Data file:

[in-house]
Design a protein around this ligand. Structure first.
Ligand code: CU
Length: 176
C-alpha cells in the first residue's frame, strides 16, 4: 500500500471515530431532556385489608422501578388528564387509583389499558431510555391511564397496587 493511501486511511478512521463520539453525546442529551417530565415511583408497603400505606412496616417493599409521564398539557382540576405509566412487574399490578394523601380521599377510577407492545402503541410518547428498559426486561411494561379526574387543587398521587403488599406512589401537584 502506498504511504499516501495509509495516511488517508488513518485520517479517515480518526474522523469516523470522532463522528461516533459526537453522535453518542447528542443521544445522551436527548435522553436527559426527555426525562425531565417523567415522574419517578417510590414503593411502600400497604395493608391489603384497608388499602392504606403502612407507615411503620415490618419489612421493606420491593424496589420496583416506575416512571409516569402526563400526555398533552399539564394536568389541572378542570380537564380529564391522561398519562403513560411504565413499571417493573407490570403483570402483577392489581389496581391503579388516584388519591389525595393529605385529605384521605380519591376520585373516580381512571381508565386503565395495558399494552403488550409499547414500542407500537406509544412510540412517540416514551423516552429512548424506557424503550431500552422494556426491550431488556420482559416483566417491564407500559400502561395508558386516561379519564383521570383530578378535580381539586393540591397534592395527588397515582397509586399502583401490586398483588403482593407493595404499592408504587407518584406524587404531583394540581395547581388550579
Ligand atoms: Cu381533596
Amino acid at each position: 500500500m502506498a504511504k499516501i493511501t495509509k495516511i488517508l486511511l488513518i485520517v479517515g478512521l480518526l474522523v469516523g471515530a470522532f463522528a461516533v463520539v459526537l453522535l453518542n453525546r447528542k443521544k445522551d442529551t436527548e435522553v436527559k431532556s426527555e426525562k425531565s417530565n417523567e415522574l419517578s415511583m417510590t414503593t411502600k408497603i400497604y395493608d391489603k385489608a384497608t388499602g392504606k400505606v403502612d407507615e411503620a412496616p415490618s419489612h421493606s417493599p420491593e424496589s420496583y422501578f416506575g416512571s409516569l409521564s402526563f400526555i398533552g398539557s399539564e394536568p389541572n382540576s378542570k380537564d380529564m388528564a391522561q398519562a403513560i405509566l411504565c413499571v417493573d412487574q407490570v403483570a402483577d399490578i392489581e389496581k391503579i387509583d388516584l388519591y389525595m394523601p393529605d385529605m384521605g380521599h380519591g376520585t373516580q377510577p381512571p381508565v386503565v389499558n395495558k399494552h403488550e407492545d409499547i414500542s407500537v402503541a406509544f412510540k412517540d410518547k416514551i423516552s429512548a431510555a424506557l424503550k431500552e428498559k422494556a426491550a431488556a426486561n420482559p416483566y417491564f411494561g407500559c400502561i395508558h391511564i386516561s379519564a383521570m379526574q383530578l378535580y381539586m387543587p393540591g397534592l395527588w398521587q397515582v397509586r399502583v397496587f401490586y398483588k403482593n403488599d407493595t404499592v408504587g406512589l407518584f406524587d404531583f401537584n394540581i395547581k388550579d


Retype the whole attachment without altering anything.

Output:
[in-house]
Design a protein around this ligand. Structure first.
Ligand code: CU
Length: 176
C-alpha cells in the first residue's frame, strides 16, 4: 500500500471515530431532556385489608422501578388528564387509583389499558431510555391511564397496587 493511501486511511478512521463520539453525546442529551417530565415511583408497603400505606412496616417493599409521564398539557382540576405509566412487574399490578394523601380521599377510577407492545402503541410518547428498559426486561411494561379526574387543587398521587403488599406512589401537584 502506498504511504499516501495509509495516511488517508488513518485520517479517515480518526474522523469516523470522532463522528461516533459526537453522535453518542447528542443521544445522551436527548435522553436527559426527555426525562425531565417523567415522574419517578417510590414503593411502600400497604395493608391489603384497608388499602392504606403502612407507615411503620415490618419489612421493606420491593424496589420496583416506575416512571409516569402526563400526555398533552399539564394536568389541572378542570380537564380529564391522561398519562403513560411504565413499571417493573407490570403483570402483577392489581389496581391503579388516584388519591389525595393529605385529605384521605380519591376520585373516580381512571381508565386503565395495558399494552403488550409499547414500542407500537406509544412510540412517540416514551423516552429512548424506557424503550431500552422494556426491550431488556420482559416483566417491564407500559400502561395508558386516561379519564383521570383530578378535580381539586393540591397534592395527588397515582397509586399502583401490586398483588403482593407493595404499592408504587407518584406524587404531583394540581395547581388550579
Ligand atoms: Cu381533596
Amino acid at each position: 500500500m502506498a504511504k499516501i493511501t495509509k495516511i488517508l486511511l488513518i485520517v479517515g478512521l480518526l474522523v469516523g471515530a470522532f463522528a461516533v463520539v459526537l453522535l453518542n453525546r447528542k443521544k445522551d442529551t436527548e435522553v436527559k431532556s426527555e426525562k425531565s417530565n417523567e415522574l419517578s415511583m417510590t414503593t411502600k408497603i400497604y395493608d391489603k385489608a384497608t388499602g392504606k400505606v403502612d407507615e411503620a412496616p415490618s419489612h421493606s417493599p420491593e424496589s420496583y422501578f416506575g416512571s409516569l409521564s402526563f400526555i398533552g398539557s399539564e394536568p389541572n382540576s378542570k380537564d380529564m388528564a391522561q398519562a403513560i405509566l411504565c413499571v417493573d412487574q407490570v403483570a402483577d399490578i392489581e389496581k391503579i387509583d388516584l388519591y389525595m394523601p393529605d385529605m384521605g380521599h380519591g376520585t373516580q377510577p381512571p381508565v386503565v389499558n395495558k399494552h403488550e407492545d409499547i414500542s407500537v402503541a406509544f412510540k412517540d410518547k416514551i423516552s429512548a431510555a424506557l424503550k431500552e428498559k422494556a426491550a431488556a426486561n420482559p416483566y417491564f411494561g407500559c400502561i395508558h391511564i386516561s379519564a383521570m379526574q383530578l378535580y381539586m387543587p393540591g397534592l395527588w398521587q397515582v397509586r399502583v397496587f401490586y398483588k403482593n403488599d407493595t404499592v408504587g406512589l407518584f406524587d404531583f401537584n394540581i395547581k388550579d